'Almost NASCAR champion' Hamlin feuds with track owner in social media spat that turned personal

Denny Hamlin celebrates after winning a NASCAR Cup Series auto race at Richmond Raceway on Sunday, March 31, 2024, in Richmond, Va. (AP Photo/Mike Caudill) (Mike Caudill, Copyright 2024 The Associated Press. All rights reserved.)

CHARLOTTE, N.C. – One of NASCAR's top track owners deleted social media posts made earlier Friday morning in a back-and-forth spat with top driver Denny Hamlin that began when Hamlin criticized the repaving of Sonoma Raceway in California.

Marcus Smith, chairman of the Speedway Motorsports conglomerate that owns 10 of the tracks on NASCAR's Cup Series schedule, took exception to Hamlin's post that pointed out a Thursday sports car test was canceled because of problems with the new surface on the California road course.

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“When paving on a budget goes wrong,” Hamlin posted on X, formerly Twitter, right before midnight Thursday.

He then suggested that North Wilkesboro Speedway in North Carolina, which was revitalized by Speedway Motorsports and now hosts NASCAR's All-Star race, will face similar problems during next month's event.

Smith fired back quickly with his own response to begin an exchange that dragged into the early Friday hours.

“This is a great post from somebody who doesn’t know all the information. Ignorance on display for the world to see," Smith wrote in a now deleted post.

That only escalated the back-and-forth between Smith and Hamlin, winner of 53 Cup career races for Joe Gibbs Racing and co-owner of 23XI Racing with Michael Jordan. Hamlin won last week's race at his home track in Richmond, Virginia, and will try to make it two straight Sunday at Martinsville Speedway.

“We’ve seen your reconfig record,” wrote Hamlin in a perceived knock at the reconfiguration of Texas Motor Speedway.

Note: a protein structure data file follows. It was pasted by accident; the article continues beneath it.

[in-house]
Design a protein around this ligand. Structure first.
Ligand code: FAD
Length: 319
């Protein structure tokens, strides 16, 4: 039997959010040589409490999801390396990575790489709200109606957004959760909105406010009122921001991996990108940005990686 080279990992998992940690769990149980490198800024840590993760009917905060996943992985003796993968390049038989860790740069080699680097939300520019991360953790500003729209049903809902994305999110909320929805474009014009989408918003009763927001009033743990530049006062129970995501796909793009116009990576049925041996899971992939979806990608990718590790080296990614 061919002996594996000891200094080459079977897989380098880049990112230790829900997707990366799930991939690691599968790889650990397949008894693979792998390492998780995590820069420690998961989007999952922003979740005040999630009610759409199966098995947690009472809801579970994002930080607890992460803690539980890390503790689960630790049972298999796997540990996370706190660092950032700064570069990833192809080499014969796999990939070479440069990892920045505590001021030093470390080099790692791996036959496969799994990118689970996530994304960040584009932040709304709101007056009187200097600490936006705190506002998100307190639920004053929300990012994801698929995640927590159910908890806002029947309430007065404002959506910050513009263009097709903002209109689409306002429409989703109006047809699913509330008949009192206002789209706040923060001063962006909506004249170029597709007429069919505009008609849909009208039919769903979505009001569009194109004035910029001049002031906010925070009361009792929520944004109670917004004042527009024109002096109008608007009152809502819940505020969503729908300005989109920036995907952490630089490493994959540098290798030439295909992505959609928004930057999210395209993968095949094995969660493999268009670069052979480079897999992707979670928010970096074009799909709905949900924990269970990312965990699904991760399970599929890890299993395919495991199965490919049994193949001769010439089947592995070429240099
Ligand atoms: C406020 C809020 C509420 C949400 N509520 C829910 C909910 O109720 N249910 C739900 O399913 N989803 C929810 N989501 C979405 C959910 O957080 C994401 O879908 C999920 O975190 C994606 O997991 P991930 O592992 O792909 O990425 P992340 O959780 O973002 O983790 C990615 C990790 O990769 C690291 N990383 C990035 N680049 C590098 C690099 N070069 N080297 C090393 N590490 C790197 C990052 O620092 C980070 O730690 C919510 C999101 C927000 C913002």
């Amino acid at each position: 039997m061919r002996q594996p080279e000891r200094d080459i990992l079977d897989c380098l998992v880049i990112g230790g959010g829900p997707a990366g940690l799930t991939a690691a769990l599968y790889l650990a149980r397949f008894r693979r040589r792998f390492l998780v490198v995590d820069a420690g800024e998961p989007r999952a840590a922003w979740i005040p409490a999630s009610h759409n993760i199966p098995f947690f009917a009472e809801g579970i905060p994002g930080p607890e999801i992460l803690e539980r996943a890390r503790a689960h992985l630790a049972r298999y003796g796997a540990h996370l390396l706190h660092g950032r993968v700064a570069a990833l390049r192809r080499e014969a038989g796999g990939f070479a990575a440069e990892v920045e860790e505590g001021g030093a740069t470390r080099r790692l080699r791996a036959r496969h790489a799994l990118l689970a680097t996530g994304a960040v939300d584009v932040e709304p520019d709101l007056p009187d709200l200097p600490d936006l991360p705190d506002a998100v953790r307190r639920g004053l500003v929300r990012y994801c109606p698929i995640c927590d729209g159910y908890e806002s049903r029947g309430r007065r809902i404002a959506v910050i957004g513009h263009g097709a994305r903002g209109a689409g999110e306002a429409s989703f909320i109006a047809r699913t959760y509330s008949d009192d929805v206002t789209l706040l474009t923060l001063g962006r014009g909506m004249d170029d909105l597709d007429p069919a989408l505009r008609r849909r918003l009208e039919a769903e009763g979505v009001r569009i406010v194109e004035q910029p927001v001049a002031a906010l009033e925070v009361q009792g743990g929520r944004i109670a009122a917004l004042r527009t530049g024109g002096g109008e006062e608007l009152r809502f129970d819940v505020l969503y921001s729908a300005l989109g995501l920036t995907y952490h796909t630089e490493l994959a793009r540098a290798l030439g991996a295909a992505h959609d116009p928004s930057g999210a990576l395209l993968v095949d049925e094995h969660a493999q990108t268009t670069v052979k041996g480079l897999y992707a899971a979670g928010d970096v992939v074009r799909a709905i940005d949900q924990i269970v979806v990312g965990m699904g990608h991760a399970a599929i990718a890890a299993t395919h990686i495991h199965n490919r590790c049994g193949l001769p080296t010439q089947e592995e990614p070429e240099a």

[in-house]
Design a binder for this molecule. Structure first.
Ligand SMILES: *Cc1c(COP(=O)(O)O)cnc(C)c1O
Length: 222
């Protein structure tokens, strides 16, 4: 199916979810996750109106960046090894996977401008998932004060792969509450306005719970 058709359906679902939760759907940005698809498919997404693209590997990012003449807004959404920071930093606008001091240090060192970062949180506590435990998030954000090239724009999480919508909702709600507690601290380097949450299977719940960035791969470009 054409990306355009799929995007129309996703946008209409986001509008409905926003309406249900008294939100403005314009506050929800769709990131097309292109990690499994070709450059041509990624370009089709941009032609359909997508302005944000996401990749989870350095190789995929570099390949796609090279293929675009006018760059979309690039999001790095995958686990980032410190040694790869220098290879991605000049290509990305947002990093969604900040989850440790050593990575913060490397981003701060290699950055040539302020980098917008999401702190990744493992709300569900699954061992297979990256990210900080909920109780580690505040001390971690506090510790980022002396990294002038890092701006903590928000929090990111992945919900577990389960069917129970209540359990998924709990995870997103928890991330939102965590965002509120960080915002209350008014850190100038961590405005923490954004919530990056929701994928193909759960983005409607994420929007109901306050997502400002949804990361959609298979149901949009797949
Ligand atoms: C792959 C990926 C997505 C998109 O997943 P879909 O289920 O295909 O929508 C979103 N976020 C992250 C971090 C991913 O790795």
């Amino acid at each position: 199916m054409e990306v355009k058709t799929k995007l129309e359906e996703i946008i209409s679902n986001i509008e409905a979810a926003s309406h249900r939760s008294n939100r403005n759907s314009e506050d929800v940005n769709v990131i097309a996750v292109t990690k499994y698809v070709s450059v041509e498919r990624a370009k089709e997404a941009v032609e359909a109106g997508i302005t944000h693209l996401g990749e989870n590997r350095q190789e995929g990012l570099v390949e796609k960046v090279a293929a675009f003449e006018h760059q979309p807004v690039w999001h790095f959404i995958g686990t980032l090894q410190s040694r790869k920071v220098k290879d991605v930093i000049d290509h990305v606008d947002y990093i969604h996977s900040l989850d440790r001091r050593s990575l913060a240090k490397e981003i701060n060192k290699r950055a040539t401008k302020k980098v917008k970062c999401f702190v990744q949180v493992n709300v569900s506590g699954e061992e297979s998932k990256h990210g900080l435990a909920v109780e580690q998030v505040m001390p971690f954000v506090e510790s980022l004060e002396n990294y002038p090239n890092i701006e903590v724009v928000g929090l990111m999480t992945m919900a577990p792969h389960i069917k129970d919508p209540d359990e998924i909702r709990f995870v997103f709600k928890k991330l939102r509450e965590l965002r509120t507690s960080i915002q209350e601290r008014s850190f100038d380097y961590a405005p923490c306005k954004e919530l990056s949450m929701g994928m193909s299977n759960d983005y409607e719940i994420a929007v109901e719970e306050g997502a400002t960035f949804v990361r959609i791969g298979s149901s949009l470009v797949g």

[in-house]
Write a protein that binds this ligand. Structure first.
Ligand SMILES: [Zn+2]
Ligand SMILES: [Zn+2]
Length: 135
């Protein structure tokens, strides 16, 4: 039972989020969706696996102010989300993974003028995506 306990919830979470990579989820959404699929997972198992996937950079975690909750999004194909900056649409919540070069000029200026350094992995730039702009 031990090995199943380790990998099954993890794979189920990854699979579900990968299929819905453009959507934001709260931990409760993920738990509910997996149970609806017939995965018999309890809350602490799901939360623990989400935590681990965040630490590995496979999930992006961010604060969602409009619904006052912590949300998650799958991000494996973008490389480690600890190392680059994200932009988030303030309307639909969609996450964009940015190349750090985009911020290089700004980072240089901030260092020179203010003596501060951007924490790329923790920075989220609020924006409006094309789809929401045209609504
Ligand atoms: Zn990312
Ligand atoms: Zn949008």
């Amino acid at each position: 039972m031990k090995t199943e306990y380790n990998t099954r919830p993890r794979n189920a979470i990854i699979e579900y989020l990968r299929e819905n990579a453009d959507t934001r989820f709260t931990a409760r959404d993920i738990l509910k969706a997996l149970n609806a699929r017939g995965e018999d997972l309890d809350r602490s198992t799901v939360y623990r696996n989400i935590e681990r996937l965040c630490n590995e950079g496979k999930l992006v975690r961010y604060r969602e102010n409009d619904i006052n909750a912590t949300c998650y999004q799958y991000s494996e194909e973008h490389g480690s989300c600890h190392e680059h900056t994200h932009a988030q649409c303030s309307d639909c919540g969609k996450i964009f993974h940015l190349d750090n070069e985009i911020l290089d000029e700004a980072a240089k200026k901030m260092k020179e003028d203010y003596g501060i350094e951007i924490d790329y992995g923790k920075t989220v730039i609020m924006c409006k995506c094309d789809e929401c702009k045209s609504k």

Smith then elevated the feud by taking a shot at Hamlin's inability to win a Cup championship — the only thing missing on Hamlin's resume.

“Yes we take risks, sometimes they work, sometimes they don’t," Smith wrote. "We’ve seen your attempt of the championship as well. When you have a chance, maybe you could give me some golf tips.”

“Here’s your tip. Let someone else run your business before you blow everything your dad gave you," Hamlin responded.

Speedway Motorsports was founded and built by the late Bruton Smith, and Marcus Smith is his son.

Smith told Hamlin that if his father had a “Twitter/X account, I don't think his comment would be family friendly.”

“So listen here, almost NASCAR Champion,” Smith continued, “you keep working at it and one day you're going to get a big trophy! Thanks for the tip!”

Hamlin has won the Daytona 500 three times, but Smith suggested “negative comments would carry a lot more weight if you had a championship to back them up.”

Hamlin, under fire all week for jumping the final restart on Sunday to win Richmond, returned to social media Friday jokingly asking for some news to divert attention away from the Toyota driver. Smith then wrote that he had deleted his posts.

“Following up on my previous posts, I take a lot of pride in the dedication and hard work our teammates put forth to make NASCAR the very best it can be and I shouldn’t let social media conversations get personal, so I deleted those posts,” he wrote.

Smith called Hamlin “a passionate driver and team owner and I’m truly looking forward to seeing him drive for a championship this year. Our team is working hard to fix some pavement issues (at Sonoma) and we will get it right. Let’s keep the positive momentum going in 2024!”

Hamlin also expressed contrition.

“I’ll definitely take responsibility for my part in it. It got more personal than it should have for sure,” he wrote.

Speedway Motorsports owns Sonoma, Charlotte, North Wilkesboro, Texas, Bristol, Atlanta, Las Vegas, New Hampshire, Dover and Nashville, and leases Circuit of the Americas for the NASCAR race held there. Speedway Motorsports has a slew of races coming up in May and June, including Sonoma. Three Cup drivers tested Sonoma last month with no pavement issues.

Although cooler heads had prevailed Friday, the bickering is indicative of the divide right now between NASCAR and its track operators against teams and drivers in finding a new revenue model. Teams want a larger piece of NASCAR revenue, which primarily comes from its media-rights agreements.

The tracks currently receive 65% of media-rights revenue and the teams get 25% through each race's purse. Drivers get a percentage of the purse money paid to the teams and NASCAR keeps 10%.

Teams have argued that the tracks are receiving too much from the coffers and the distribution needs to be more evenly split. Negotiations between NASCAR and the teams are currently at a stalemate and in February the teams voted to hire a top sports labor attorney for consultation.

Hamlin is one of the most outspoken owners on the topic.


AP NASCAR: https://apnews.com/hub/nascar-racing

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